You do have control over this, if you want it. If you don’t, just save your attention for your own attire. Work on making it the best example of its particular style that you can.
Look Your Best
Often overlooked, this is actually the most important job for your clothes. They make you look as perfect as possible for your bride.
She’ll be in the same clutch of panic that you are, of course. But, the more striking and composed you look when she comes down the aisle, the more steadying the effect. “Neat” is good but shoot for “radiant” if you can.
In practical terms, that means paying attention to clothes with a level of detail you might not normally use:
Get the fit right
This is the number one weak spot of most groom’s attire, especially men in rental clothing. You want as tailored a fit as you can afford. There are different male body shapes and the more unusual your shape or size, the more it’s worth finding clothes that are proportioned specifically for you. A bespoke suit (or tuxedo, etc.) is ideal; one that’s off the rack but personally adjusted is within more people’s price range and nearly as good. Something you’ve bought and can have permanently altered is easier to get a good fit with than a rental, which usually can only be adjusted to one of a half-dozen or so preset points.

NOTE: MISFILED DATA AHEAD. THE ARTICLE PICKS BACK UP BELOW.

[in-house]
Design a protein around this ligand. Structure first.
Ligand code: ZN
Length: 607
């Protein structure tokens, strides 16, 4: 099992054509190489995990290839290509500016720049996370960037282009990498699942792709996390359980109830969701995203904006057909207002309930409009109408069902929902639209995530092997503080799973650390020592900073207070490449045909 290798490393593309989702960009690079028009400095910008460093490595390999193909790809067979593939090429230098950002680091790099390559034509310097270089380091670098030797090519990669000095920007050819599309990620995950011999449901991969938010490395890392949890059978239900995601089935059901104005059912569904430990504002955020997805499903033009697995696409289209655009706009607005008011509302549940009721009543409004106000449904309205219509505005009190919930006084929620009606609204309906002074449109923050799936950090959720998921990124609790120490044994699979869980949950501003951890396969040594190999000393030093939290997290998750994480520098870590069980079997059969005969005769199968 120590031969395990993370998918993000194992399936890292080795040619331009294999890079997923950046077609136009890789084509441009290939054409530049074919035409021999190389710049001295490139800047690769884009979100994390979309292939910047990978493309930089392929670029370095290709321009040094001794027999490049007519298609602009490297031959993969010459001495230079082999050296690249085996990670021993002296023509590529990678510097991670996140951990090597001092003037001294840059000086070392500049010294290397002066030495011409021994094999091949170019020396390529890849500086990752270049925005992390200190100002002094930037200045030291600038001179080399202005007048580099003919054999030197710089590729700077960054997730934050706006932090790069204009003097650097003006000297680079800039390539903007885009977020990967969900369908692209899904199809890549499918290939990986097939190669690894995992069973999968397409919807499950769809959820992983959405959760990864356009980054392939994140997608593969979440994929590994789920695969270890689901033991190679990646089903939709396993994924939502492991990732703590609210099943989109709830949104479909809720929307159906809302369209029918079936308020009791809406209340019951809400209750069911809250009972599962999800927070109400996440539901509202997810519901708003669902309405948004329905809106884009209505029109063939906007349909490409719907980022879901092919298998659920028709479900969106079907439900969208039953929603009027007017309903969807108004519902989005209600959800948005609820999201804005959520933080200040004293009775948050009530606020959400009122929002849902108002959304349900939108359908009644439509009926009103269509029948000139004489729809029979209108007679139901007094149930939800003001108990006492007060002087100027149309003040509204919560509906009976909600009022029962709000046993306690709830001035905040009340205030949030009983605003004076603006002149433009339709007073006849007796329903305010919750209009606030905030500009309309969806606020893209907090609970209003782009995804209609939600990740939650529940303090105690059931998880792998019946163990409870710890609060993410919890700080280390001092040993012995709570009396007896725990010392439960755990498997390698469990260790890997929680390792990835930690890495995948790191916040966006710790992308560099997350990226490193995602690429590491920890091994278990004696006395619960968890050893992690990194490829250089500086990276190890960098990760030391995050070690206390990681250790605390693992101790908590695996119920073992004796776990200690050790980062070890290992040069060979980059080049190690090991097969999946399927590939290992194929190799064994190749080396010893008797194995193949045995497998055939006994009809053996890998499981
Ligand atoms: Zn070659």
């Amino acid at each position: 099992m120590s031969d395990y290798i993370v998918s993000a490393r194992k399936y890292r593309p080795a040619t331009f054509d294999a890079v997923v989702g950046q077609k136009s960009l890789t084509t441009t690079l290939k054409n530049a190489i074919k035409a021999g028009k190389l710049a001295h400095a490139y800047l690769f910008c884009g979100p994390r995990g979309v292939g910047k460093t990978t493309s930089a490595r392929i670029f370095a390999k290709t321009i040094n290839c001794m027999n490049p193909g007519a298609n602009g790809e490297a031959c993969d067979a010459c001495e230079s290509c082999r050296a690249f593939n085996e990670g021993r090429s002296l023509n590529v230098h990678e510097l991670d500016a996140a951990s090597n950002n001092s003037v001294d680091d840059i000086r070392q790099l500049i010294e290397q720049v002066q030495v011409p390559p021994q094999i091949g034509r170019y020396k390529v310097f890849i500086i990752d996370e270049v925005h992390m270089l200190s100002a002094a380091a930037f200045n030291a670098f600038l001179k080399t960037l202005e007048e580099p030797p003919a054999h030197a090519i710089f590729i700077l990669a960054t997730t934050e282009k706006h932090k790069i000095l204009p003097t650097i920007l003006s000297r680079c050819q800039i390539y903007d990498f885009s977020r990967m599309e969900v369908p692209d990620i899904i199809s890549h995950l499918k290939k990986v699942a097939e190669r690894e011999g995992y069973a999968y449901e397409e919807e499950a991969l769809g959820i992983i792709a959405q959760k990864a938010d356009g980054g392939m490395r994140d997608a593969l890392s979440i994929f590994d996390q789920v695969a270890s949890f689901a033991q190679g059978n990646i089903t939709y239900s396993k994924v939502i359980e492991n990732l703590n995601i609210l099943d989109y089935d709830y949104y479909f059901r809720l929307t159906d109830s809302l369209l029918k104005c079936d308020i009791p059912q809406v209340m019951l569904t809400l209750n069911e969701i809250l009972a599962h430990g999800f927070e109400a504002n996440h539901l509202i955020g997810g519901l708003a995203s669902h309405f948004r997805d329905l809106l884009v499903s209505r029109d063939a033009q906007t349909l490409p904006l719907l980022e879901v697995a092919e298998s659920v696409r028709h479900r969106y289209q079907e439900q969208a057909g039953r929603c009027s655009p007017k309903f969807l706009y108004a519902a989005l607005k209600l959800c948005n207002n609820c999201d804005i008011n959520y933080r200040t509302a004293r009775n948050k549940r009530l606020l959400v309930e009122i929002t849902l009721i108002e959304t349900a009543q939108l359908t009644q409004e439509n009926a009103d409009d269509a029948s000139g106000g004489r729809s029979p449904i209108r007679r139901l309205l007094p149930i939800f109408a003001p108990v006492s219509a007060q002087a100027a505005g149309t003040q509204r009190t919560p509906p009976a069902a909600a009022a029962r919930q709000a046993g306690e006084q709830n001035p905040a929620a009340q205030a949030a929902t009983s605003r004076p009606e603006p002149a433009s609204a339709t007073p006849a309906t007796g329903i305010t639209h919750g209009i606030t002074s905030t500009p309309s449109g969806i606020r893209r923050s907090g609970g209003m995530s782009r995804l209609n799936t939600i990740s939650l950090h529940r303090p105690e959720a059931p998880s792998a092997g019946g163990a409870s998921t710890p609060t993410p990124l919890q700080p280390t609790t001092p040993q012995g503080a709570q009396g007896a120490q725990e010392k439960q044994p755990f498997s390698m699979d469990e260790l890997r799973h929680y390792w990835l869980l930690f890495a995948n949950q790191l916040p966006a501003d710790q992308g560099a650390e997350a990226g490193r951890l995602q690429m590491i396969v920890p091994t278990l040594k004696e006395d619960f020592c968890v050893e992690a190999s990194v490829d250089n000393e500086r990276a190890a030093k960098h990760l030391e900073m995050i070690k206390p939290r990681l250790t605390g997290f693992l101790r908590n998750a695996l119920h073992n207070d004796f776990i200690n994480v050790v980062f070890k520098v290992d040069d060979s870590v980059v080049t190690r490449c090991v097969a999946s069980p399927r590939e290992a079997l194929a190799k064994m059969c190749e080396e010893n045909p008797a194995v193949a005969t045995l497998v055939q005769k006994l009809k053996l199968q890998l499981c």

Choose a style that flatters you
It can be hard to resist the input of others. Particularly if your bride-to-be or her family has their heart set on a particular look. But exercise a little common sense and (if necessary) a lot of firmness. If you’re a big man with a ruddy complexion, don’t let them talk you into a powder-blue suit. Know the limits of your build and complexion, and pick a suit cut and color that works for you.
If in doubt, go for the classics
We have iconic looks for a reason. It’s a lot harder to look bad in a proper tuxedo or a charcoal gray business suit than it is in something more colorful or contemporary. If you want to play it safe, you’re never going to go wrong taking the level of formality your bride (or wedding planner) wants. Just pick the simplest, most classical interpretation of it.
Quality costs, but the good news is that you can buy a custom-tailored suit for the same price as a low-end wedding dress. If your bride is going to a wedding dressmaker and having something created specifically for her, you’ll be hard-pressed to come even close to the same cost.
So go ahead and invest in something really flattering you. Don’t be afraid to buy, rather than rent. Nearly all grooms’ outfits can come in handy at other occasions later in life. This is a good excuse to add them to the wardrobe. You’ll be in good company — and you’ll be ready to play your part as the male role model for the whole room.
Want to know more about how to make a wedding a day to remember? Click here to discover my ultimate guide to wedding attire for men.